Close of the Nikaya period, Buddhist literature begins to employ the term matika to signify composite matrices for lists. The careful analysis of these complex lists and their sub-categories becomes the basis and literary characteristic of the third basket of the Pali Canon, the Abhidhamma-pitaka, and of the particular system of thought set out in those texts and their commentaries, i.e., the Abhidhamma.
To the outside observer, the proliferating lists of the Abhidhamma might seem artificial and ultimately meaningless. But, in fact, they provide a clue to the intimate relationship between memory, mindfulness and meditation in Buddhism. In short, the indefinite expansions based on the matikas continually remind those using them that it is of the nature of things that no single way of breaking up and analyzing the world can ever be final” (p. 165).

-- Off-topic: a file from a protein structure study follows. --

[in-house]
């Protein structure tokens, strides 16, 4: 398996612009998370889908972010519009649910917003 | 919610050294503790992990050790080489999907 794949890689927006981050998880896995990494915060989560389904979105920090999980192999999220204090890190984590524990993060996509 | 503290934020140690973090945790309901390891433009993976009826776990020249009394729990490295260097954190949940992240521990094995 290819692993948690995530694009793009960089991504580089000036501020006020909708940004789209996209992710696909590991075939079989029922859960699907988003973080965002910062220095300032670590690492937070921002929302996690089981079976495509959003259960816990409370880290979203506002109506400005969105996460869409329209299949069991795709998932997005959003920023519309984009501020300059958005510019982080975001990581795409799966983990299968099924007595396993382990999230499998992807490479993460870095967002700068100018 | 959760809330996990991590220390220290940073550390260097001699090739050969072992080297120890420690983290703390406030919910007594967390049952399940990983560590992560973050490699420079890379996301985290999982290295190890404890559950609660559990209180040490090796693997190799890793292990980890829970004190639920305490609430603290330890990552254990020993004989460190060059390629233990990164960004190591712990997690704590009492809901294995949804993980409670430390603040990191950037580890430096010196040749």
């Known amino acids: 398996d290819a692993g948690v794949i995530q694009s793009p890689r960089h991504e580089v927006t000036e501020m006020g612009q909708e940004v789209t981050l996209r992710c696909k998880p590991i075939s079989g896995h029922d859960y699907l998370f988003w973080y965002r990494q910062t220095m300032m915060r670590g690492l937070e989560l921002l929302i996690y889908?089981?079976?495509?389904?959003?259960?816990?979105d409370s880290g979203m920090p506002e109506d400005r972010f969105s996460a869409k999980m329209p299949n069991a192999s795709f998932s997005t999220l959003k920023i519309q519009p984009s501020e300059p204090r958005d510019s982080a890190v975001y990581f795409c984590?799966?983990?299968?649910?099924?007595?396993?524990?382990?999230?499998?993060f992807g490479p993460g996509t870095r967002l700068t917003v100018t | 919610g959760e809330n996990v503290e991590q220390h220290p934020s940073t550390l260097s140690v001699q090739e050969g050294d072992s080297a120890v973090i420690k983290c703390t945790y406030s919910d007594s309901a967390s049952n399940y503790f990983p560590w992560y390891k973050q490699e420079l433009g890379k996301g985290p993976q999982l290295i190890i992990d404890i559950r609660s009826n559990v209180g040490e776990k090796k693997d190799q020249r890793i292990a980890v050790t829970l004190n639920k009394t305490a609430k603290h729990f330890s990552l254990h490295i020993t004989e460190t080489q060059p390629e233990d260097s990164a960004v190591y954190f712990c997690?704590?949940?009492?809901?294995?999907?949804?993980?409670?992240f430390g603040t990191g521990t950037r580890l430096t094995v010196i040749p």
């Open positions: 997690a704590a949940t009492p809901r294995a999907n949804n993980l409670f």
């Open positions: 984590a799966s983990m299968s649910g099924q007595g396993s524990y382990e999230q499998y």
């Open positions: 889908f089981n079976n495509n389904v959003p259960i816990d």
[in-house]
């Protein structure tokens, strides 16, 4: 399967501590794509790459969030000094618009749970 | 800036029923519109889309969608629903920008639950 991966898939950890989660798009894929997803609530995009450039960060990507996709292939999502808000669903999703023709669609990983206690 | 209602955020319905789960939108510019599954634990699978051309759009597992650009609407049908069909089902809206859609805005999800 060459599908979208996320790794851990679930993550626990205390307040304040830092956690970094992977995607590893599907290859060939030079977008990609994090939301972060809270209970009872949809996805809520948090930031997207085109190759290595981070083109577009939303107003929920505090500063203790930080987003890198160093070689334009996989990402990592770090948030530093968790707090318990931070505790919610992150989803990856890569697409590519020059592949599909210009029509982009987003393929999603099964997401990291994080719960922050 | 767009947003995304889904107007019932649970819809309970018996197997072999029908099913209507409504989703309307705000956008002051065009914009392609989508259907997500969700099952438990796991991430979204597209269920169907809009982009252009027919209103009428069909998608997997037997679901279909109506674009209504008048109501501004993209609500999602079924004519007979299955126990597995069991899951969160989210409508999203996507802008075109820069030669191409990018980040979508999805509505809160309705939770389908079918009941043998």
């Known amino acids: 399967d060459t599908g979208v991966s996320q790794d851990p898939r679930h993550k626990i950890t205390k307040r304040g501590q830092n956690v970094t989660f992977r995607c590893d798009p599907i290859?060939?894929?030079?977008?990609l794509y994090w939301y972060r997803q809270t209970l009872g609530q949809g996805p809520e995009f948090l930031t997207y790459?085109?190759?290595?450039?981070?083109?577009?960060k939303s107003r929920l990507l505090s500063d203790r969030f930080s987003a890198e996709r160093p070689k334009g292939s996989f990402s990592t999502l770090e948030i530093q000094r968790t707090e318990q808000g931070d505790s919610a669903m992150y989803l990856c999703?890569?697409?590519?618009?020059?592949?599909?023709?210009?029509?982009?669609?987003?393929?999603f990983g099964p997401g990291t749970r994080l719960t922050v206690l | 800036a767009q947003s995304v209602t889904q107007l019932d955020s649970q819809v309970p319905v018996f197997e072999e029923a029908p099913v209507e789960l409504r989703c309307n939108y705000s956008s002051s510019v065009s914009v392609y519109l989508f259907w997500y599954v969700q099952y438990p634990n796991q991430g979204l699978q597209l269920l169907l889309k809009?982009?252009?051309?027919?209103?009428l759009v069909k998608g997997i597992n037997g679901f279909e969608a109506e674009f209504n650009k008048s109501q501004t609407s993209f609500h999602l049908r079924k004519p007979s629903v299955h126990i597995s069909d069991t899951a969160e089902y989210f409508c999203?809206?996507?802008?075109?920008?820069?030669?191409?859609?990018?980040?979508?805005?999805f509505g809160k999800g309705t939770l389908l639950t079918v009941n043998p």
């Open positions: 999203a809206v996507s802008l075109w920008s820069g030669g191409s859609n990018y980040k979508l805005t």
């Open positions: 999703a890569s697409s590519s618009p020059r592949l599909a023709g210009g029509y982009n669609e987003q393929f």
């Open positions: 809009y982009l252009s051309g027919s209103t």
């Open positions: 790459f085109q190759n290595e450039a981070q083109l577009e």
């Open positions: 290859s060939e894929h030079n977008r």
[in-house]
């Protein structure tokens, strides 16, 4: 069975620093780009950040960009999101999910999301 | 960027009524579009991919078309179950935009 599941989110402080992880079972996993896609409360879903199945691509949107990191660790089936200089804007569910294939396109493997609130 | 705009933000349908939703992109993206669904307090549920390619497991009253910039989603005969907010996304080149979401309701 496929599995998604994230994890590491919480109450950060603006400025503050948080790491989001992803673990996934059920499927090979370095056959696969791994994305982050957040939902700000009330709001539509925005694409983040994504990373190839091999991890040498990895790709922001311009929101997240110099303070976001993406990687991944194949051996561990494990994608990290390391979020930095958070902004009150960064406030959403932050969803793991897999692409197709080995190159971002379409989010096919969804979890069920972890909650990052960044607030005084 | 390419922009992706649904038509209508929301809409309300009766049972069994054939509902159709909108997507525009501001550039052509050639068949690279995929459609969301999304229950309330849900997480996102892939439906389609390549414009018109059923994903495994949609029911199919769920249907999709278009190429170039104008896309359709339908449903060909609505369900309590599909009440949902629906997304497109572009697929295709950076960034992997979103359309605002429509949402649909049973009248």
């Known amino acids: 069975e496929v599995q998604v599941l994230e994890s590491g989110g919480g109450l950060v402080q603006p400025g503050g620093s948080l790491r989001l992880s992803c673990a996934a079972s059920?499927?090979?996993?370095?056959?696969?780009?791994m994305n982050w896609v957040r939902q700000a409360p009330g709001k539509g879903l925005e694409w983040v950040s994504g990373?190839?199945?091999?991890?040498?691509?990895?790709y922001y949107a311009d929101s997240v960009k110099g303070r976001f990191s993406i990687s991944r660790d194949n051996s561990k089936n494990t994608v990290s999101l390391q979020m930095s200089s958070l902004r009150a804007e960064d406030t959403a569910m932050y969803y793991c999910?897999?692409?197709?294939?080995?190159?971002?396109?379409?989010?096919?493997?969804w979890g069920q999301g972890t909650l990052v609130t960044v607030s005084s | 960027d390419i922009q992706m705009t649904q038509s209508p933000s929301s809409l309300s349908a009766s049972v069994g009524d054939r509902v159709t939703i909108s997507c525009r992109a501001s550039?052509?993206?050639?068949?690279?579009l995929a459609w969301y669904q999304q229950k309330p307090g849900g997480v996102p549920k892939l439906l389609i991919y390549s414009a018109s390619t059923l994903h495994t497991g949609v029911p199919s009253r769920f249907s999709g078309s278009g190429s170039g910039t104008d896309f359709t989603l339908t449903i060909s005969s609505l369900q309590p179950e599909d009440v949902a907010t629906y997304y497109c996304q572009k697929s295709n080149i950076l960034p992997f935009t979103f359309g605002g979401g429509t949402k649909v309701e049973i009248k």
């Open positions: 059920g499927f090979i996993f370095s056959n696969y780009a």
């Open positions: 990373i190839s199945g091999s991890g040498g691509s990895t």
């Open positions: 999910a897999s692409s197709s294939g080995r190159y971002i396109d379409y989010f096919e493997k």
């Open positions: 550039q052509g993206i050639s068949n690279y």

The matikas, just like the Abhidhamma texts, are not meant to be read, but rather to be performed. The lists are devoted to exposition of different psychophysical processes, different types of mind, different types of consciousness. When reciting or “performing” the lists, one must keep awake, for if one falls asleep, one will not know where one is in the text and, in this sense, in one’s practice. At this level, memory becomes mindfulness: the mindful recitation of the matikas “acts as a series of ‘reminders’ of the Buddha’s teaching and how it is applied in the sutta. The recitation operates as a kind of recollection of Dhamma, a traditional subject of meditation” (p. 167).